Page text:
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Old 10-14-2016, 02:59 PM   #10 (permalink)
Join Date: Oct 2016
Location: Seattle, WA
Posts: 69

s2k - '02 Honda s2000
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How does your format() work and where is byte?

First off, I notice you're using a different format utility, it looks like it combines both intformat and format, and takes a single parameter, int., which looks like it could be a decimal place parameter.

I tried pasting my old format routine, but it uses a c primitive, 'byte' which is either not represented in c++ or has been replaced by superior functions. Rather than fix my the old intformat routine by re-creating byte, I'd rather learn to use yours.

Problem is, as a functionally illiterate developer, I have to run through a number of steps to figure out how yours works. From

char * format(unsigned long num, uint8_t ndp)
it looks like in addition to the long (uh oh, that's going to be a problem for calculating negative safe fuel remaining, but that's easy enough to fix), it takes and unsigned short, essentially being a byte. But, there's the ndp ..... [error, unrecognized], so I'd step through passing it a number of values and parameters until it did what I expected.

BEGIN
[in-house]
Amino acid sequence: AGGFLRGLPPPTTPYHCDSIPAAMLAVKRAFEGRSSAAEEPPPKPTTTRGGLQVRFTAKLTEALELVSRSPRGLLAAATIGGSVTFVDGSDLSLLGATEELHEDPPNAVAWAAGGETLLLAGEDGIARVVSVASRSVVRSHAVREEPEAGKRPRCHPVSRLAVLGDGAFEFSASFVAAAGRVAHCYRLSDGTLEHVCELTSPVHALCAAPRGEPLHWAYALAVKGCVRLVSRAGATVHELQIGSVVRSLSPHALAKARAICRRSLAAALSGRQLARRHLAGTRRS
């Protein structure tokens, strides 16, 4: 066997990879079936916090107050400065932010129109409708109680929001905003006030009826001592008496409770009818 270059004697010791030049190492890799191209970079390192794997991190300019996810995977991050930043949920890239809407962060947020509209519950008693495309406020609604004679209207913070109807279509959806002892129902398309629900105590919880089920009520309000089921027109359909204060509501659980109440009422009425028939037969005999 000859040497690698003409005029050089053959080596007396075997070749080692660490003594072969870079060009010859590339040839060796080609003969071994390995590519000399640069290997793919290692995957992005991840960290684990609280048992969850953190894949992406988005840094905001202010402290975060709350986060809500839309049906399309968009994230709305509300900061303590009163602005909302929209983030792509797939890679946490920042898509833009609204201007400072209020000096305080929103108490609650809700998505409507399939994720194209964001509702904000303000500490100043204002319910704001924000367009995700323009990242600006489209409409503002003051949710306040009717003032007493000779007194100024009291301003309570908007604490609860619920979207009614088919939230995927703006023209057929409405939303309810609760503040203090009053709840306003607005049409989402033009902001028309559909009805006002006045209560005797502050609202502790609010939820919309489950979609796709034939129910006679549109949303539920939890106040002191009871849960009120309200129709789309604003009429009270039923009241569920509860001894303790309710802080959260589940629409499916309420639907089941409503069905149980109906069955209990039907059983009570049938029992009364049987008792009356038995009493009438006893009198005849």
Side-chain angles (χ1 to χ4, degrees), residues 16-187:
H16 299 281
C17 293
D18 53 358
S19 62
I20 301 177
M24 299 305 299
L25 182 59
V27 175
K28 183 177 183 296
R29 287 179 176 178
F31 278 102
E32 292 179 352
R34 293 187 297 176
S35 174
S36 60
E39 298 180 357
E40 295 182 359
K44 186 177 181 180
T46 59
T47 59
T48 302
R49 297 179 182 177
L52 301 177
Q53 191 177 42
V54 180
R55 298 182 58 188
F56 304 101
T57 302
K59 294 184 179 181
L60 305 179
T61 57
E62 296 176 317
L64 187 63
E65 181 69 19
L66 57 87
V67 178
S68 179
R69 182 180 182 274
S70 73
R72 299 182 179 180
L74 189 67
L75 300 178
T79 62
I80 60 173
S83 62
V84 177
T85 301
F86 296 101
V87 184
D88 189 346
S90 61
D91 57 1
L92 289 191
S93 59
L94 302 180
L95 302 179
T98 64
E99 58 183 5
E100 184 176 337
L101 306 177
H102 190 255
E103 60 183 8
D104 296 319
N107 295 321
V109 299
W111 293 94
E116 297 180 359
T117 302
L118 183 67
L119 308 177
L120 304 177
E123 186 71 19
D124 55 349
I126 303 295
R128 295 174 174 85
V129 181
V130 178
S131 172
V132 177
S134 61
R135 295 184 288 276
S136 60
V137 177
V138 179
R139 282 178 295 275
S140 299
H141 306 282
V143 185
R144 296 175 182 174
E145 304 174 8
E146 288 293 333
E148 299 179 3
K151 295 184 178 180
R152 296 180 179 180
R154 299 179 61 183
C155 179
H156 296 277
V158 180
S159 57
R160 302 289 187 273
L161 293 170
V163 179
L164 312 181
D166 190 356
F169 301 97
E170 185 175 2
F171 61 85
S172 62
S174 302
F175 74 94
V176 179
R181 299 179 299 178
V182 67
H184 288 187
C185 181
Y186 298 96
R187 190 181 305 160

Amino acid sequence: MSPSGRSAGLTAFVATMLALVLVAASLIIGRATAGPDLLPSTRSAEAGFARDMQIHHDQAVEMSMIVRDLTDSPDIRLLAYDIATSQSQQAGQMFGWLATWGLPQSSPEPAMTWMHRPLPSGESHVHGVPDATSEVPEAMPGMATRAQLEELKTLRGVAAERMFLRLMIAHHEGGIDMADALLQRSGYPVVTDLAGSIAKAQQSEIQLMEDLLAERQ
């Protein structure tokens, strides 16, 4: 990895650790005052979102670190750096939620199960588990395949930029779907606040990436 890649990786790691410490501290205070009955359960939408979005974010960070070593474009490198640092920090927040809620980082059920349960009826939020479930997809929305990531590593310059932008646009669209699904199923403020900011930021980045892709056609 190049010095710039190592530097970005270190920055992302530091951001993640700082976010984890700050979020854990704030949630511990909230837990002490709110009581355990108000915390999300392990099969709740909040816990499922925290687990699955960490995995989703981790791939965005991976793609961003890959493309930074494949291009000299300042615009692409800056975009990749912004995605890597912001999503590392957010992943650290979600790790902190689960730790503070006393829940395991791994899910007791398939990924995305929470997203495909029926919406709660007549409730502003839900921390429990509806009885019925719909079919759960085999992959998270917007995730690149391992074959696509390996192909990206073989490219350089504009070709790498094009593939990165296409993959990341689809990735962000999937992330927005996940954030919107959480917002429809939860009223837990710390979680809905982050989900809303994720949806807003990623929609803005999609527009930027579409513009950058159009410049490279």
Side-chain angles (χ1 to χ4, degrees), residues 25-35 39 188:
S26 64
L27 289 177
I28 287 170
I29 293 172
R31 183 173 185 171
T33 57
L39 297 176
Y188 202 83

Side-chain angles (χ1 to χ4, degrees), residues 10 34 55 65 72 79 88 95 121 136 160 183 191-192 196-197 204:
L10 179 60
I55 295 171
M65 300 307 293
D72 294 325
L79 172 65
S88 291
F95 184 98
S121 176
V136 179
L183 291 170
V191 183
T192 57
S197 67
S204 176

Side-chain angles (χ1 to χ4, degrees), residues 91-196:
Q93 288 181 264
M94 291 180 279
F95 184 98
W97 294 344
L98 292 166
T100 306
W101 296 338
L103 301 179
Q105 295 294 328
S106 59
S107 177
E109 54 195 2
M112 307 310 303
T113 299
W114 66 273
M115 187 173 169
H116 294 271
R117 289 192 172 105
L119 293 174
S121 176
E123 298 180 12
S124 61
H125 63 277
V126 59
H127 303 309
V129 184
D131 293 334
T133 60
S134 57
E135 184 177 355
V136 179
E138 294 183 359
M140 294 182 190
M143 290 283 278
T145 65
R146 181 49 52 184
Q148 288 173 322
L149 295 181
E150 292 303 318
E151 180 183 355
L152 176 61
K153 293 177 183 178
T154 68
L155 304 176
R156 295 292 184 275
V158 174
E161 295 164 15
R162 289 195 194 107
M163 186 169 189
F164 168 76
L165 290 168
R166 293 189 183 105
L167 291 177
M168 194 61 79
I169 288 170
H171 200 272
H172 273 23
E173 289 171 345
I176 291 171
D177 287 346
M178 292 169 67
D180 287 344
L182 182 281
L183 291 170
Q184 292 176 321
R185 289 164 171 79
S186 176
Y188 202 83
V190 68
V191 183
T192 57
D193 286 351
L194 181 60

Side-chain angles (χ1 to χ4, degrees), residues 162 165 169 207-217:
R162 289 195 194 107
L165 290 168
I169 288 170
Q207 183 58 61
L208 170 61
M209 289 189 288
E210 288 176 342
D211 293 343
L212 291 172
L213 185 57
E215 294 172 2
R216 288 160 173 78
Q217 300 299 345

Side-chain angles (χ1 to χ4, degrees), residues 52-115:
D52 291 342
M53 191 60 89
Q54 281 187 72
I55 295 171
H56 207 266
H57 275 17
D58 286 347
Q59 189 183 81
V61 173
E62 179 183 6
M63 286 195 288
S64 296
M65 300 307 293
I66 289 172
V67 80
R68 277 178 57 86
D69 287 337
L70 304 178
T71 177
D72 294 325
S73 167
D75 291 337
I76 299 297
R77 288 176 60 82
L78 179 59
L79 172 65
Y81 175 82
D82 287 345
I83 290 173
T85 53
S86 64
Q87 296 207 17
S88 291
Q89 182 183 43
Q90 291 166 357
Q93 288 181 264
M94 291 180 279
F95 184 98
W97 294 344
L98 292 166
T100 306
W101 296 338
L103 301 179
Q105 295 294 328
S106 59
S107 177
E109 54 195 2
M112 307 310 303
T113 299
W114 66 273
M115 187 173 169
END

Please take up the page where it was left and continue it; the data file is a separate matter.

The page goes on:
Also, since format takes a long, what do you do to format strings? I'll admit I haven't yet looked for strings, I'm just working on hijacking your serial out string to send it as json.

At one point I experimented with three functions jsonBegin(), jsonPair() and jsonEnd(), so that I could simply call the start, randomly pass keys at any point in the code, then finish. It ended up being easier to create the serialSend monstrosity where it's all hard coded. I despise hard coding more than anyone, but to get Frankenstein standing I had to abandon some of my principles.

Old format function:
char* intformat(unsigned long num, byte numlength=6)
  static char fBuff[7];  //used by format

  //if number doesn't fit, show 9999 (92 bytes)
  if(numlength==6 && num > 999999999){
    num = 999999000ul;
  else if(numlength==5 && num > 99999999){
    num = 99999000ul;
  else if(numlength==4 && num > 9999999){
    num = 9999000ul;
  num /= 100;
  // Round off the non-printed value.
  if((num % 10) > 4) num += 10;
  num /= 10;
  byte x = numlength;
  fBuff[x] = 0;//end string with \0
  while(x > 0){
    fBuff[x]= '0' + (num % 10);//poke the ascii character for the digit.
    num /= 10; 
  //replace leading 0 with ' '
  boolean leadnulls = true;
  while(x < numlength-1 && leadnulls){
    fBuff[x]=='0' ? fBuff[x]=' ' : leadnulls = false;
  return fBuff;  
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